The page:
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Ed Rowland opens Day 2 proceedings

Ed Rowland opened the conference with an update on key drivers and dynamics in the US OTC strategic landscape. Akhil Chandra of Reckitt Benckiser led us into our final networking hour with a discussion on what makes an iconic brand in a world of biosimilar products. Chandra based his talk around the “iconicity” of Nurofen, insisting that when it comes to brands we should challenge the tendency to default, and instead create, identify and nurture iconic / symbolic elements.

Following an hour of networking with OTC peers, our delegates returned for our final session with Jesus Carrasco, Head of Healthcare at Société Générale, who discussed consolidation and the increasing attractiveness of the consumer healthcare industry from a corporate and investor perspective.

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Thornsten Umland from Bayer gave the final presentation on strategic growth and how to build OTC businesses and brands via well executed acquisition and true product innovation.

And finally, a personal message from Nicholas: “Thank you all for making a brilliantly successful conference, the array of speakers and topics covered have certainly left us all with food for thought on the OTC landscape in a world of digital!

As an official announcement, now the conference has ended, we hope to see you next year in… BARCELONA for our 29th European OTC conference #NHOTC18. Auf Wiedersehen or should I say… Adios!”

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Nielsen-CHPA Survey on OTC Allergy Trends

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Coughing, sneezing, a runny nose and itchy eyes are just some of the symptoms of seasonal or chronic allergies, one of the most common ailments impacting the lives of Americans today, according to a new white paper on Rx-to-OTC allergy switches, produced by Nielsen and the US OTC industry association, Consumer Health Products Association (CHPA).

In 2015, 27.8% of Americans suffered from allergies, which translates to approximately 69 million adults, and 89 million people overall. Since 2009, a number of ingredients, including antihistamines and intranasal steroids that were only available Rx, have now switched to OTC, giving consumers more options to treat their allergies.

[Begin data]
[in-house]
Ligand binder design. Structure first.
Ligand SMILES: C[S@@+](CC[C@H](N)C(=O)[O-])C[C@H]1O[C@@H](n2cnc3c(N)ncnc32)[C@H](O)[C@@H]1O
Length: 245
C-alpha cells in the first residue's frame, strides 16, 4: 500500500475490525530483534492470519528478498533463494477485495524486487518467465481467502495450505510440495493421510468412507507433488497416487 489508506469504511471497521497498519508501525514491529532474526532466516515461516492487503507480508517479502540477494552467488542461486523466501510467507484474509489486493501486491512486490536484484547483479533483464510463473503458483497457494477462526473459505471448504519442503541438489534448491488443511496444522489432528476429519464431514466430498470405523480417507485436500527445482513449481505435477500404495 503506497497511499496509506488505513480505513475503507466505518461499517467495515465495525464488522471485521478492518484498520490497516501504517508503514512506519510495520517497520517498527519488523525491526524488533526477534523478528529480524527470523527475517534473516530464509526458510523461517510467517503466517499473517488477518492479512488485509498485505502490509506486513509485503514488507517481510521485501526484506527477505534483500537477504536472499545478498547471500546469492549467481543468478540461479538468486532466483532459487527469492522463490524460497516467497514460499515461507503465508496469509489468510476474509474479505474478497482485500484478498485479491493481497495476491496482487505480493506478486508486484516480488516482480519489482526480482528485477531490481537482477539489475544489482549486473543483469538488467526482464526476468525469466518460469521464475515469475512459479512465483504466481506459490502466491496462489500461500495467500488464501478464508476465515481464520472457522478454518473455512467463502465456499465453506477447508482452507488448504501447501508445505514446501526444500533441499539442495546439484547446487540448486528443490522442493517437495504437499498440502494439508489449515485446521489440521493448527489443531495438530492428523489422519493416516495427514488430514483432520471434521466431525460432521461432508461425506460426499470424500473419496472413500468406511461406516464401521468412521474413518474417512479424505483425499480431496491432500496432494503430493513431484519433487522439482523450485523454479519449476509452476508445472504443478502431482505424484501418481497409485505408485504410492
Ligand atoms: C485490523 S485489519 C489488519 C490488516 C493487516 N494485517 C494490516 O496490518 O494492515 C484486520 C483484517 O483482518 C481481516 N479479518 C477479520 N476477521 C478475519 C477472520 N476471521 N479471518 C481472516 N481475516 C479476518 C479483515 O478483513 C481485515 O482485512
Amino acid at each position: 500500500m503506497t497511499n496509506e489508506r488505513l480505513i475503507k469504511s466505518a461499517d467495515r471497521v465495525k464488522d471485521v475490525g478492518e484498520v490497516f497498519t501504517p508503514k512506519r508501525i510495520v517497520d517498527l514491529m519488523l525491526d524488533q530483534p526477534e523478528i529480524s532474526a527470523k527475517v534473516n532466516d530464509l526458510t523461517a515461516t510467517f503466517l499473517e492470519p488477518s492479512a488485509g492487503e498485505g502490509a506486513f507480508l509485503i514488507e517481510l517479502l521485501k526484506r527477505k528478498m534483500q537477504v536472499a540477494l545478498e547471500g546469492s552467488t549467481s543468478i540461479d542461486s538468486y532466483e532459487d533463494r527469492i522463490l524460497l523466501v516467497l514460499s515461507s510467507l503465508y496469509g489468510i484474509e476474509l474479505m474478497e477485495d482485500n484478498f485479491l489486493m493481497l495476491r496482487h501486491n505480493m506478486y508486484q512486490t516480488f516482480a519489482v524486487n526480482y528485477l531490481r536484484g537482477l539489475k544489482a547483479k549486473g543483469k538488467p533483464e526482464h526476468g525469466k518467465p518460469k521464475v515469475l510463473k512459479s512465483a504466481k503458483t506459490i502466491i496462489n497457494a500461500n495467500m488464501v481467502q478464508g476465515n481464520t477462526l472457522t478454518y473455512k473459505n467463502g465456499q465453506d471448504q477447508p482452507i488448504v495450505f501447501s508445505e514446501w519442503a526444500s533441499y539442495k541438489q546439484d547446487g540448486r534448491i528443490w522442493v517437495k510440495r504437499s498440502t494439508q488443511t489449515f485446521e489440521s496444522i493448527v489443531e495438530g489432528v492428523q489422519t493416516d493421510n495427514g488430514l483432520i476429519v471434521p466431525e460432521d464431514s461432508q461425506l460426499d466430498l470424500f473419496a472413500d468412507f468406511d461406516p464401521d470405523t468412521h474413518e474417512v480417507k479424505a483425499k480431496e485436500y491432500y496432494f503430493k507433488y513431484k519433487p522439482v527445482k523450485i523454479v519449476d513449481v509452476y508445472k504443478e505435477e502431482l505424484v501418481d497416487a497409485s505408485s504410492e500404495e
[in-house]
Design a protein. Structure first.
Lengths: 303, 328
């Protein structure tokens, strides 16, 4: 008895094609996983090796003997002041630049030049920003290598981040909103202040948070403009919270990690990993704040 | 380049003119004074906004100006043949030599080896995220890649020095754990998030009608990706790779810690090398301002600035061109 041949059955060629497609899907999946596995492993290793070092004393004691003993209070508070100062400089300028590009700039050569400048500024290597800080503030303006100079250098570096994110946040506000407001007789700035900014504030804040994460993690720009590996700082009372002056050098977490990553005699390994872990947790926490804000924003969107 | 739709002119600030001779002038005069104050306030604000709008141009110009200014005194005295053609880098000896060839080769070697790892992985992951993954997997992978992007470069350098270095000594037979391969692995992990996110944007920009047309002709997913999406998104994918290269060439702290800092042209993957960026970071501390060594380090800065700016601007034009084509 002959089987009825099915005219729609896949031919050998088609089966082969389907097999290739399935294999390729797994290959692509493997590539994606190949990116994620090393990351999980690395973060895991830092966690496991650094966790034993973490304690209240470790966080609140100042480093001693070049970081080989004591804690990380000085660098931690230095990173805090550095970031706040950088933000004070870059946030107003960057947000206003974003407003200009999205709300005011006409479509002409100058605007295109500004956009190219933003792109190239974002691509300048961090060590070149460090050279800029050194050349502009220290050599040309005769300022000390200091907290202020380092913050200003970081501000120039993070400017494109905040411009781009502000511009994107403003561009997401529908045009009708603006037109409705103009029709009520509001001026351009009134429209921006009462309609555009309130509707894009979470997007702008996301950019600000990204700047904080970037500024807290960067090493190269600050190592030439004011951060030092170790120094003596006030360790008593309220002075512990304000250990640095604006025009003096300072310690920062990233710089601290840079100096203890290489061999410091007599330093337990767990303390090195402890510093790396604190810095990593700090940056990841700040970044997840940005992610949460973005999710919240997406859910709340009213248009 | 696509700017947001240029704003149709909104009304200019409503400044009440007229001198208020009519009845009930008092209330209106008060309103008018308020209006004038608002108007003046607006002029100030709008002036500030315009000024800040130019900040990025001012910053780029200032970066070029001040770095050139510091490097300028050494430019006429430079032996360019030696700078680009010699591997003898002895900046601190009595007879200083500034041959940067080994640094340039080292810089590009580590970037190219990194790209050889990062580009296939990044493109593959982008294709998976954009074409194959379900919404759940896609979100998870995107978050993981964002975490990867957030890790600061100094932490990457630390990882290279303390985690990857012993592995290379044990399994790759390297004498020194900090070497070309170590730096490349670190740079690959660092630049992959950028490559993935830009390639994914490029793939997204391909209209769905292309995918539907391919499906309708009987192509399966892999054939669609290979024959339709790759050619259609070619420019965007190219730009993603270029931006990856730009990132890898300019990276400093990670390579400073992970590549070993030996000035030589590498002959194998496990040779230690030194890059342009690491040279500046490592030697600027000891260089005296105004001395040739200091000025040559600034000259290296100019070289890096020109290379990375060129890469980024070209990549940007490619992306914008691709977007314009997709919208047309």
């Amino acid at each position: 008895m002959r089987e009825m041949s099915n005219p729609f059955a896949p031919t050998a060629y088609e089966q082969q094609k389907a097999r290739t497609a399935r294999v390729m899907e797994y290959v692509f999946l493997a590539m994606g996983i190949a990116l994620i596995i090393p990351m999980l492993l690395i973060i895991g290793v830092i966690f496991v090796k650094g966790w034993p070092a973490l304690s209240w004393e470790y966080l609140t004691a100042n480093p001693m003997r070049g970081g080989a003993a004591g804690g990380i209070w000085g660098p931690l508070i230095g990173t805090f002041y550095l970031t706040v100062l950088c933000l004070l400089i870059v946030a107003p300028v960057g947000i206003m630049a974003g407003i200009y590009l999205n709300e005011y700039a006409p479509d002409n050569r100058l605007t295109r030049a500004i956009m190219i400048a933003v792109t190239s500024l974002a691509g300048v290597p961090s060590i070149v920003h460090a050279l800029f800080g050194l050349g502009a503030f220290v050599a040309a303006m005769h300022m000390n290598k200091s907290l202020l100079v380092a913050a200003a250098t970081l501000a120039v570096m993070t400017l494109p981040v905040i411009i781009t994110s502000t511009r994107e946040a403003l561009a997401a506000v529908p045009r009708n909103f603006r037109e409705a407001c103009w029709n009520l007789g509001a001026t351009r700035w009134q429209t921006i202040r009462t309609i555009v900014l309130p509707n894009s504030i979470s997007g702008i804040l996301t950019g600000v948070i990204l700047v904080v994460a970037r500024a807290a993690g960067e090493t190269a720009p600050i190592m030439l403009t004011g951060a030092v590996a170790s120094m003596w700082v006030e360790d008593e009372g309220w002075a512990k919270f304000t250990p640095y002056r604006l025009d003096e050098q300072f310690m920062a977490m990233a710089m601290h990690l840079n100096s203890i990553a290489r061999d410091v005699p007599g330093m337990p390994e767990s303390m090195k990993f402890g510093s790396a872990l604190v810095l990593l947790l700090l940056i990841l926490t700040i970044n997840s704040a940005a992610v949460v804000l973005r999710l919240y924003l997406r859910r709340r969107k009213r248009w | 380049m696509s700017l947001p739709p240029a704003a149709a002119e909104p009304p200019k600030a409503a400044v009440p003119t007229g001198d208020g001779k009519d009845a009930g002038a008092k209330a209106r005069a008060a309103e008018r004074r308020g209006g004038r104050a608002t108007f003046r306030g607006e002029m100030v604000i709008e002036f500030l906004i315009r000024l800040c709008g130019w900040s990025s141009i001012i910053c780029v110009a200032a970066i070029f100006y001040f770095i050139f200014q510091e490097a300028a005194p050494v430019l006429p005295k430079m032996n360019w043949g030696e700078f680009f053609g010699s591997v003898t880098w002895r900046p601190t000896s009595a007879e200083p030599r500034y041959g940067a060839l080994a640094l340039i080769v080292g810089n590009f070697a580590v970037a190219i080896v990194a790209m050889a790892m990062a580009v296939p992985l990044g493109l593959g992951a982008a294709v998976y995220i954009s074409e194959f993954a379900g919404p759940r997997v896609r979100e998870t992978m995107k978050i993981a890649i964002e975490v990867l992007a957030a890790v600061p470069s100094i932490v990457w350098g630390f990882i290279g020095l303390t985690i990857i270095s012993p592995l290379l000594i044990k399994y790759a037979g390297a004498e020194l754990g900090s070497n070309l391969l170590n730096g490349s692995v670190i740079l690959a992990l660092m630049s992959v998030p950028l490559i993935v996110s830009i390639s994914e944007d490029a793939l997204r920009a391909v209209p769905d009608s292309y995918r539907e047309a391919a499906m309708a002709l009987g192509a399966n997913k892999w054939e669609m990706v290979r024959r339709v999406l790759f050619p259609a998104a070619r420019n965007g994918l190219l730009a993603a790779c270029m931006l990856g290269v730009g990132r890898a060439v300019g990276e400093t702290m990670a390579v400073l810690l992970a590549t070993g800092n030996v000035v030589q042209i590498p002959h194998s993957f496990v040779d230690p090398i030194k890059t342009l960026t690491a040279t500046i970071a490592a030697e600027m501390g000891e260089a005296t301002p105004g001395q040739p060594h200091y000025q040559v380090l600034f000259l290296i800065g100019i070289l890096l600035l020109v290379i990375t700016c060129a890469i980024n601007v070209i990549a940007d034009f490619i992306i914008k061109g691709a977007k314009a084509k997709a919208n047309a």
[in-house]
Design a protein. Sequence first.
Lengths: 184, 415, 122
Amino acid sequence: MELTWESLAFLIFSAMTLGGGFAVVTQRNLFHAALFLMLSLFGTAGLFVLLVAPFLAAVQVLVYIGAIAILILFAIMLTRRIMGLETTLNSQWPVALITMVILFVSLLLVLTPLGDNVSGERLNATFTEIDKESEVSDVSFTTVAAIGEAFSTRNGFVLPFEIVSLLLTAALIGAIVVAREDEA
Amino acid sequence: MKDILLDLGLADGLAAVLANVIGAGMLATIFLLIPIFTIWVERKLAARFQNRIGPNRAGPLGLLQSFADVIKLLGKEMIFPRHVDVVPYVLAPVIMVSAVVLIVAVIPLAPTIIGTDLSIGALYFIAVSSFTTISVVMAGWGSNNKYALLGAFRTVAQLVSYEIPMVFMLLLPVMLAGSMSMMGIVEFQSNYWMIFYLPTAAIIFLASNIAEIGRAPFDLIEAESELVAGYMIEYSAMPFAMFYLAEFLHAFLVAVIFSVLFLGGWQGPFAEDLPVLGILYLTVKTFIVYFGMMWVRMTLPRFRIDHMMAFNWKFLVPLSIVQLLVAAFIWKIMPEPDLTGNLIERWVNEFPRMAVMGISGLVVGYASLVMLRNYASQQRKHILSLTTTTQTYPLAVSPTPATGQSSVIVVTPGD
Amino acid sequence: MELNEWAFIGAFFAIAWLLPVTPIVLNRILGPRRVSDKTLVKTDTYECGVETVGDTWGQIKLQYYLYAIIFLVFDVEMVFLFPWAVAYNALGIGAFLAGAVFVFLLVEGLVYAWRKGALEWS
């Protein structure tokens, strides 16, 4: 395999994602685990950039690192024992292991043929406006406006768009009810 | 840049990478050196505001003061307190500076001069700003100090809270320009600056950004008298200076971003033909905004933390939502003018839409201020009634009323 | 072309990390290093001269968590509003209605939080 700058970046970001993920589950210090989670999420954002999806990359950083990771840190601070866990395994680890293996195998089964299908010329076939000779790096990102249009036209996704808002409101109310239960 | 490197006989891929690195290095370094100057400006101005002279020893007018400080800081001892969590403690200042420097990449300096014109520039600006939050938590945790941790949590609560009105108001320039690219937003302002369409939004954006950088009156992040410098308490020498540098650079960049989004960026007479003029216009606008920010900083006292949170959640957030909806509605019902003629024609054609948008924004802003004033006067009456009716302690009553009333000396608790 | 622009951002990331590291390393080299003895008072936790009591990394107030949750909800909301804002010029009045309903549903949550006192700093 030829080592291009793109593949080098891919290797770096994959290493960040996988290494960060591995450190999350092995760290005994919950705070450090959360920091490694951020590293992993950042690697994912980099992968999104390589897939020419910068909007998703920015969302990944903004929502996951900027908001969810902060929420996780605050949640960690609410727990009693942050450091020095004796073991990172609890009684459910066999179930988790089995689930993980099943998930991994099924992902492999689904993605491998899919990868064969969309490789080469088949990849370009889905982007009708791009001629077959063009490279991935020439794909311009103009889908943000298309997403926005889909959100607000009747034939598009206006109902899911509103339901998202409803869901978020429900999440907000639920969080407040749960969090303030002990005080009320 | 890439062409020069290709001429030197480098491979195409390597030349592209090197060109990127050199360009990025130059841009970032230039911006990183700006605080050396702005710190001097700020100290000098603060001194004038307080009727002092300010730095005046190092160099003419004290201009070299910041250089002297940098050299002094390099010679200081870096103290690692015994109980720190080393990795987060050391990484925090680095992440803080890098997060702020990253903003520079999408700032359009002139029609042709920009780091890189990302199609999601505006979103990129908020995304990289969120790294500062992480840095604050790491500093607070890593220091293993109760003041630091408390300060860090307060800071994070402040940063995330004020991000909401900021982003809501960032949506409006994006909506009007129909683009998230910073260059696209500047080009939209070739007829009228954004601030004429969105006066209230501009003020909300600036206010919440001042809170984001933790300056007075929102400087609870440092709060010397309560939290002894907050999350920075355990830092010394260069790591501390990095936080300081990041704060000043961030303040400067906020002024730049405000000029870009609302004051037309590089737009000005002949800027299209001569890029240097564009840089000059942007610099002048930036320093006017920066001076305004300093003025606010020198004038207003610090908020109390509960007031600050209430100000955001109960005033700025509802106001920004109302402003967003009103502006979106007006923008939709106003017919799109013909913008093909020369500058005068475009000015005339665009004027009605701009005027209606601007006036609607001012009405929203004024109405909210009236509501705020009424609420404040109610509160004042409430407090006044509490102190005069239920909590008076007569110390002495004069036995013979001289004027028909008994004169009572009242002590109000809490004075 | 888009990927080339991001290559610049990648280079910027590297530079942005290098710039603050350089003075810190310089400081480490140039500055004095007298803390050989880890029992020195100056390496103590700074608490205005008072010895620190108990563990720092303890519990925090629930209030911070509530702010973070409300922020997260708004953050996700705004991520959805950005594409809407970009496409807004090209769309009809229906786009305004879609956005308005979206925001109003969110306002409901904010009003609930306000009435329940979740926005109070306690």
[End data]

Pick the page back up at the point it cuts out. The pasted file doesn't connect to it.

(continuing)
While there is abundant data to show that allergy OTC sales have grown significantly owing to the increasing number of brands available, there haven’t been many studies conducted to understand how these Rx-to- OTC switches have benefitted allergy sufferers.

Nielsen’s latest report assesses the consumer benefits of allergy Rx-OTC switches to help gain an understanding of allergy-suffering consumers and how having access to more oral and nasal OTC medications has contributed to their financial and personal wellbeing.

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The survey is made up of data based around allergy patient visits, the number of prescriptions written by month, the costs for each, and corresponding insurance-related costs. Nielsen also provided data on allergy sufferer penetration, their buying behaviour, and how each consumer treats their ailment. 
A survey was also fielded to 2,000 adult allergy sufferers to better understand their treatment routine and overall satisfaction with their medication options.

The report found that more and more Americans are suffering from allergies. Over the time period analysed, the number of individuals who stated that they suffer from allergies has increased. There are approximately 9.7mn more allergy sufferers today than there were
 in 2010.

There has also been a clear shift to OTCs. 
The number of allergy sufferers taking OTCs has increased, while 
at the same time the number of sufferers taking prescription medications has declined. Just as importantly, the report also found that allergy sufferers who take OTCs are highly satisfied with the medication options available to them.

The report is available to download here.